Beyond Iceberg: Heirloom Lettuce Varieties Offer Color and Flavor
By Lawrence Davis-Hollander
Forellenschluss or Flashy Trout’s Back lettuce is an Austrian heirloom with a rich buttery flavor.
Lettuce is the “green” most of us are comfortable eating with some regularity, and consumption is still dominated by that old standby: iceberg lettuce. Iceberg lettuce is a relative newcomer, introduced during the late 19th century. The first known cultivars of heirloom lettuce varieties were probably the looser head types like romaine, grown in Egypt as early as 4500 B.C.
Lettuce (Lactuca sativa) is derived from the wild plant Lactuca serriola, a coarse annual or biennial native to Europe and found worldwide, possessing vague resemblance to the domesticated forms we commonly eat. It is a member of the sunflower or composite family.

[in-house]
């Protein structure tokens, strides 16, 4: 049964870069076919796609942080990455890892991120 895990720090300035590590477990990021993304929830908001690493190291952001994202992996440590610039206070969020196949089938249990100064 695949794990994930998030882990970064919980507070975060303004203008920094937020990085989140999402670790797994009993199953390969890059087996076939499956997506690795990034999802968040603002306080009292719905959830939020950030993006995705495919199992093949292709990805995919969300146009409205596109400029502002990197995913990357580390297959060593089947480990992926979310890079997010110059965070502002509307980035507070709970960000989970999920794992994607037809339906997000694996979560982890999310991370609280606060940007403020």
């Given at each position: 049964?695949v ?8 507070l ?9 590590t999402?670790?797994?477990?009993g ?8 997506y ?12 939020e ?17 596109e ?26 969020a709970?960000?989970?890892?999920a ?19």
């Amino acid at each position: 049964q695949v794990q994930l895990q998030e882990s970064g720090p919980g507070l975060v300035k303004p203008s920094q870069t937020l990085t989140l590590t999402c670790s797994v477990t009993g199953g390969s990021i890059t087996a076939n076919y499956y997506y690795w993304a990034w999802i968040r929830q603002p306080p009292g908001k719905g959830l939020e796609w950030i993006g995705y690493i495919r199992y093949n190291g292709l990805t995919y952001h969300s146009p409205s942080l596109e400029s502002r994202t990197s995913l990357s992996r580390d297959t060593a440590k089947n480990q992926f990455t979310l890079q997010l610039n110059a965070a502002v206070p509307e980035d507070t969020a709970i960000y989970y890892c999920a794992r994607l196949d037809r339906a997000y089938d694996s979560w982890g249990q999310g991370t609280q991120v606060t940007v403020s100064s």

While technically edible, heirloom lettuce has prickly leaves and sap concentrations that make it relatively unpalatable, especially uncooked. When cooked, all but the youngest plants need two changes of water. Several native species from North America are similar and edible. Personally, I’d stick with the garden type; yet, hunter-gatherers foraged for wild lettuce plants until ancient Greek times. Early man had a considerably higher tolerance for bitterness than we do, although many people still like that taste in “hoppy” ale.